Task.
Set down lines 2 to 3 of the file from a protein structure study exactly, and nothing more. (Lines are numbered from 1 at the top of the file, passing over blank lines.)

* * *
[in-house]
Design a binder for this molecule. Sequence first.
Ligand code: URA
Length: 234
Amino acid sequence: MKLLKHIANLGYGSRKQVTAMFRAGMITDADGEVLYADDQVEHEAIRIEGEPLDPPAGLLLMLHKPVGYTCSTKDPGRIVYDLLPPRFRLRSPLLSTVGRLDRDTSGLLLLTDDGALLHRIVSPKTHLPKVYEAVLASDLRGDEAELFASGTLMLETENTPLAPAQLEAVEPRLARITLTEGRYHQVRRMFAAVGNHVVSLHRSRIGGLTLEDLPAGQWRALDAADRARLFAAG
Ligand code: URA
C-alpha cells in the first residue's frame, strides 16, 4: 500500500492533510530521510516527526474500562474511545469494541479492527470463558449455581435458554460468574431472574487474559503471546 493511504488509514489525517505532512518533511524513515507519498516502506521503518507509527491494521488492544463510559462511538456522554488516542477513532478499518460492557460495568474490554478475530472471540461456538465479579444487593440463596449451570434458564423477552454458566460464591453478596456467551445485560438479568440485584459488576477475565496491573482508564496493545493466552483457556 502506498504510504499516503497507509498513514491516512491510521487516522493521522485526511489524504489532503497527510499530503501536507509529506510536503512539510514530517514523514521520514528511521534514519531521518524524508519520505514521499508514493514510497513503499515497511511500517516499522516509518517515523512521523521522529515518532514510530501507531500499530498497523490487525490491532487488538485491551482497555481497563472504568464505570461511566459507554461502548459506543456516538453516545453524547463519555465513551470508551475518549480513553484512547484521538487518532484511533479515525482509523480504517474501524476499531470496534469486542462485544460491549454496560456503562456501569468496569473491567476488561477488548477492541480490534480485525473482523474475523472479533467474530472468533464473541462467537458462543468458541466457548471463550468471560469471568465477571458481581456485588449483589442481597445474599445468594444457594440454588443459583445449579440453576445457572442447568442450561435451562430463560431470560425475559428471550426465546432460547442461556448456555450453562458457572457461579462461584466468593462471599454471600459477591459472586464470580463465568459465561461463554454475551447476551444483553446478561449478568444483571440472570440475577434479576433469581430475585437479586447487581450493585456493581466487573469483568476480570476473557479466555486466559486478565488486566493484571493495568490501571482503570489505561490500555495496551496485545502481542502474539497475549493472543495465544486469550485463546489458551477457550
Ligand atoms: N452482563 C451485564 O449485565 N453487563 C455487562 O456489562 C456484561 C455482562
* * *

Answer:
Design a binder for this molecule. Sequence first.
Ligand code: URA